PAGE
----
Interviewees             – Xu Gian -CEO/GM, China International Water and Electric Co.

– Jiang Xiao Hua – chief engineer

Interviewers              -Tim Carrodus, Terry Matthews and Duncan Smith

Xu described the Philippines as “not so easy.” He said that when he took over from the previous general manager in the country, he found the company’s finances “very tight,” the material prices were higher, and prices were manipulated by local people, making it difficult to negotiate prices.

He agreed with INT that one of the big problems in the Philippines was the politicians.  XQ admitted going “sometimes” to meetings of contractors at the Diamond hotel but said he preferred to keep “clean hands.”

Xu said he knew Senator Barbers and met him in 1994 but only as a courtesy and never talked about projects. According to him, it was necessary to “know people” and keep them “happy.”  The local contractors had to pay money to politicians.

Date of Interview            – 9 November, 2006

Interviewee                   – Man-Tae Kim -Keangham Enterprises, Ltd. (Korea)

Interviewers                  – Tom McCarthy and Edil Dushenaliyev (in Manila)

Kim explained that the company couldn’t compete in the Philippines primarily because the       market had many Chinese firms bidding on projects so low that Keangnam cannot get contracts. He       also said it is difficult to operate in the Philippines because the government is not “clean.”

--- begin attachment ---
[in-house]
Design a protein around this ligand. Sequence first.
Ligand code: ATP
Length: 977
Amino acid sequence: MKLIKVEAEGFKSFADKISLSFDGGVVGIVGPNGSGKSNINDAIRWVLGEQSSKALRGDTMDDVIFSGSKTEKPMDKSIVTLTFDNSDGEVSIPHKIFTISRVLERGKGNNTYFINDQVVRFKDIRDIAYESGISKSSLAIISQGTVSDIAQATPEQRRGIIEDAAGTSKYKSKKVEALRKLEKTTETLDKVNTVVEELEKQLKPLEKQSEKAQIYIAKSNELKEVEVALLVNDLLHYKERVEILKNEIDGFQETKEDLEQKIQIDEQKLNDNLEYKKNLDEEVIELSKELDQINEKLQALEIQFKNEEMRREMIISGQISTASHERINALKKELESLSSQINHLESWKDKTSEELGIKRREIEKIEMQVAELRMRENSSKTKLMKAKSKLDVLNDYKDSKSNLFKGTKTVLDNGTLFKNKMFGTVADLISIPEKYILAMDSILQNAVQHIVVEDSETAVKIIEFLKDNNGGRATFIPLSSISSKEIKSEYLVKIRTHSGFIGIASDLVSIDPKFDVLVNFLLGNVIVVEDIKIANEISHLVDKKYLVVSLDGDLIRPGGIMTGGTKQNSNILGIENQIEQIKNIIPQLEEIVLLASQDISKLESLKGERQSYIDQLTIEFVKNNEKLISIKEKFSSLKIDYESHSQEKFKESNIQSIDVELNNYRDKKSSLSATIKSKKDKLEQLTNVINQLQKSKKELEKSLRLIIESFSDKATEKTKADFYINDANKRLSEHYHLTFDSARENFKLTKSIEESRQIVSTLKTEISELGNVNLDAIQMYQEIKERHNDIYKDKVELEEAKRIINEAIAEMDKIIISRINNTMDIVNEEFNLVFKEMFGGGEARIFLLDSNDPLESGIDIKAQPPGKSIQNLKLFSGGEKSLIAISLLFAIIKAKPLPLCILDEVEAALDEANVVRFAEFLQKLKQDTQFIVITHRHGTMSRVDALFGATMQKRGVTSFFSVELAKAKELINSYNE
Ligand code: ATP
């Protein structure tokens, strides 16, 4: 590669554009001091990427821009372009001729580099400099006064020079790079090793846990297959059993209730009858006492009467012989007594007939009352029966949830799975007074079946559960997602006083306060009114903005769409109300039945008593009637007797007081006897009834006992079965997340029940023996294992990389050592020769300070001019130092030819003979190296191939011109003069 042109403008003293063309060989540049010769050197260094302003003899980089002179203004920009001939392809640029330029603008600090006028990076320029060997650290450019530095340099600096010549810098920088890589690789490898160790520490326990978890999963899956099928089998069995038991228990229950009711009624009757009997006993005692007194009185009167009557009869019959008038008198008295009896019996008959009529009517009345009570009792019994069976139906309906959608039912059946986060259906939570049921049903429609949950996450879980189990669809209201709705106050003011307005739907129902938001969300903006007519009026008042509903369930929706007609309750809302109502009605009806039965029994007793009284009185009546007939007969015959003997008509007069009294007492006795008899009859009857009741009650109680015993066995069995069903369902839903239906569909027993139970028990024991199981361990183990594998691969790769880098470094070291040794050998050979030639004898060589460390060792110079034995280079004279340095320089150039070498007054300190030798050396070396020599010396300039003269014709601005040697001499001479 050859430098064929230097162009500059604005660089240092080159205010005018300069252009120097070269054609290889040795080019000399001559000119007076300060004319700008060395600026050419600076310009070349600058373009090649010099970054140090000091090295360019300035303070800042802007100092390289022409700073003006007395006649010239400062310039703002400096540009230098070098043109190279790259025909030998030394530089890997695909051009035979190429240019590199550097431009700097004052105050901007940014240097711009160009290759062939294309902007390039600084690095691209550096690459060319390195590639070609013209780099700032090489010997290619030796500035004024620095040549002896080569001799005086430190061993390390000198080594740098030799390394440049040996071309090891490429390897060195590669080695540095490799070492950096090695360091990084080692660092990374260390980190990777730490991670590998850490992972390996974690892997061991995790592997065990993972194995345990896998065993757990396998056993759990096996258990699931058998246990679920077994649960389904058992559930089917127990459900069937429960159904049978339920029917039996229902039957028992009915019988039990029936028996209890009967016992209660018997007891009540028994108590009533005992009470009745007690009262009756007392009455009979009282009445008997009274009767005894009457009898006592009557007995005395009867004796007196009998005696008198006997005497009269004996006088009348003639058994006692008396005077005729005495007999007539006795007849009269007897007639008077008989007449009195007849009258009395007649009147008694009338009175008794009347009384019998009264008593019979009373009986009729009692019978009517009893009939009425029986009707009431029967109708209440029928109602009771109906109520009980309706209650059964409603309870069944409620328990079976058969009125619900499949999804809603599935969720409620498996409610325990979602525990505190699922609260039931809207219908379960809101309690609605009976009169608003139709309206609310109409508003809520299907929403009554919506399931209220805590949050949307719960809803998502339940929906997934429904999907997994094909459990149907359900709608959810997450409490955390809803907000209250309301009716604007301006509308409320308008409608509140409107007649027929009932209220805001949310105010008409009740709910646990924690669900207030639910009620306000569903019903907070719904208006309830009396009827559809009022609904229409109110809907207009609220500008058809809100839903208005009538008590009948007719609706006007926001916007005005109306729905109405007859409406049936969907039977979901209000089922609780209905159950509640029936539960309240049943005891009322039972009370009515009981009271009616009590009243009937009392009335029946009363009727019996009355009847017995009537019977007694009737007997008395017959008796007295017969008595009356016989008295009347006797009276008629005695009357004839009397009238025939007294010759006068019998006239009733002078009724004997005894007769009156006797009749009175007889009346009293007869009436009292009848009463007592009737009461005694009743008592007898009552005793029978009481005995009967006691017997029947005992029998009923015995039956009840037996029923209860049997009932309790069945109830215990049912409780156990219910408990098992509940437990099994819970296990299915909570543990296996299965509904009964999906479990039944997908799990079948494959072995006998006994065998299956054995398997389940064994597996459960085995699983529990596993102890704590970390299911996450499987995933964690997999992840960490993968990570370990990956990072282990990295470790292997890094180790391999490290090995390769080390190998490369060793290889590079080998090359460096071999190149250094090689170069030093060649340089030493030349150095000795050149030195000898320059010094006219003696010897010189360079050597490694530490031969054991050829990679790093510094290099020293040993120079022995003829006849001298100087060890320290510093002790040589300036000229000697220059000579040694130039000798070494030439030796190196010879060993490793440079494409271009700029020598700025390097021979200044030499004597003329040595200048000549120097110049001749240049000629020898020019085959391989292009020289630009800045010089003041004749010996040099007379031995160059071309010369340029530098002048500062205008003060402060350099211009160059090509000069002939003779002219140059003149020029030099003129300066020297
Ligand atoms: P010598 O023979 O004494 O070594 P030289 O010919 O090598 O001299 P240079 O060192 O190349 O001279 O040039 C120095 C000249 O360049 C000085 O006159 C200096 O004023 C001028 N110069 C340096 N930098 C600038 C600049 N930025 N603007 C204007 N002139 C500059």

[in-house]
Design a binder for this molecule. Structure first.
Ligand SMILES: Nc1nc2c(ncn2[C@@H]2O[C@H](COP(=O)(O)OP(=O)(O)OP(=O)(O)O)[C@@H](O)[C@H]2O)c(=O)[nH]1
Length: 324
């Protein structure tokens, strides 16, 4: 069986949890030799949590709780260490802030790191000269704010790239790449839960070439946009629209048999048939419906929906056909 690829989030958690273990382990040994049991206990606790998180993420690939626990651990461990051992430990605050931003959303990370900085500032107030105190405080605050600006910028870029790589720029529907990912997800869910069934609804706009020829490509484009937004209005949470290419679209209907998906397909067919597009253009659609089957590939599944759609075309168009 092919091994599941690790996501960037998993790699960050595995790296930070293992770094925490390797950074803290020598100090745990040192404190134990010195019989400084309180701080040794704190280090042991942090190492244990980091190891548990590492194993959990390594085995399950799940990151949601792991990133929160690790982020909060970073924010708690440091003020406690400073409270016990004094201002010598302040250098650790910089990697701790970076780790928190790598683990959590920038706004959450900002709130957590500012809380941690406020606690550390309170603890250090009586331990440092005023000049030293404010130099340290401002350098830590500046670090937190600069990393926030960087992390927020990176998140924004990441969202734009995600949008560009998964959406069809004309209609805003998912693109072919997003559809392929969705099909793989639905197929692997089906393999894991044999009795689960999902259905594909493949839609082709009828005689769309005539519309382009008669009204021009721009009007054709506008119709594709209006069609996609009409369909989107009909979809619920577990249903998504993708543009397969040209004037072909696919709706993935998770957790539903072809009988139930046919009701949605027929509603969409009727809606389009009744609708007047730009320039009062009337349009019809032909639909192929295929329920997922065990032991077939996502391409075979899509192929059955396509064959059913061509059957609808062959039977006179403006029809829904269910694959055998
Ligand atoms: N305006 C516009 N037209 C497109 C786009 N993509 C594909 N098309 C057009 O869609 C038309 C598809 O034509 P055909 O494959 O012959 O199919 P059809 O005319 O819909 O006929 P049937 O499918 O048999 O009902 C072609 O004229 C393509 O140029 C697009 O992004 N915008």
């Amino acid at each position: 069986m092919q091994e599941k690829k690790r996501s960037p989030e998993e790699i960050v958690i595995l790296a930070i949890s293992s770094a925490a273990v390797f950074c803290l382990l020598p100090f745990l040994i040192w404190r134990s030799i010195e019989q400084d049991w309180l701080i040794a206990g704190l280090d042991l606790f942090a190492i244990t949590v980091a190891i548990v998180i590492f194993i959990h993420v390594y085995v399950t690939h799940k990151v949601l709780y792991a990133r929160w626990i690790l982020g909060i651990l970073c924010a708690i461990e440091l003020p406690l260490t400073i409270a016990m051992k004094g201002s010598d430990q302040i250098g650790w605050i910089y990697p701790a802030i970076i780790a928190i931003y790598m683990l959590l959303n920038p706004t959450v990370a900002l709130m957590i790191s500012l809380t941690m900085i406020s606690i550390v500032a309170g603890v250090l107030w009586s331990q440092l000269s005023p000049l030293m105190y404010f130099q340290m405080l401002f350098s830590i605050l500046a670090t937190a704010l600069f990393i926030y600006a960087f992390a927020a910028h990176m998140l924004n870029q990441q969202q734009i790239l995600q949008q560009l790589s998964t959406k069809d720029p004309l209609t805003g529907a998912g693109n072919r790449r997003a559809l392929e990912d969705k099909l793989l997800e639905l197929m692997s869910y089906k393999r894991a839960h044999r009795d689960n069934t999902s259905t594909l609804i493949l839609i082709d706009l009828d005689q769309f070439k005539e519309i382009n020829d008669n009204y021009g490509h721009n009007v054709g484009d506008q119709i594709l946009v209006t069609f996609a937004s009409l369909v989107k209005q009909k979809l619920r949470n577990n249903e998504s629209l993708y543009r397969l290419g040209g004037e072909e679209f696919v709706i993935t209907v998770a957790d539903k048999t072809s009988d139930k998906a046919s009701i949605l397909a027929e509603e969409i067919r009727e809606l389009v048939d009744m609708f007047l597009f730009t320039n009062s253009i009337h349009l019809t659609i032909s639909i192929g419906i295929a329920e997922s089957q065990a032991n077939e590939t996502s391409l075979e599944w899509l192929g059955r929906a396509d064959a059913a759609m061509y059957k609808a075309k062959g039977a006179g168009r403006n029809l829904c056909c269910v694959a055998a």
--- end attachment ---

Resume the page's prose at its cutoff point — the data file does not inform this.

The company has had continuing problems in taxes, which are unclear and too high. According       to Kim, employees in the Philippines have “a difficult attitude” and are “always striking.”

Date of Interview            – 9 November, 2006

Interviewee                   – Junshi Liu, general manager, China Harbour Engineering Co. (ML                                                                 China)

Interviewers                  – Tom McCarthy and Edil Dushenaliyev

The company merged with China Road and Bridge Corp in August 2005, and had changed its name to China Communications Construction Company, Ltd.

It failed to pre-qualify in six packages, pre-qualified but withdrew from bidding in August 2006 on Package 1.6A and pre-qualified and lost in the bidding for Package 1.6B.

Liu described the Philippine government as being “very bureaucratic” on payments and, at time, payments were withheld pending requests for gifts. He found it odd that the government does not favor local contractors. Liu emphasizes the importance of having a good relationship with the DPWH in bidding for projects.  But he denied involvement in any discussions with other contractors to arrange bidding, or pricing. He said he had no knowledge of other contractors working together to fix bidding or prices. However, he said there were informal discussions between contractors prior to submission of bids “to exchange views and lessons learned, informally and privately.”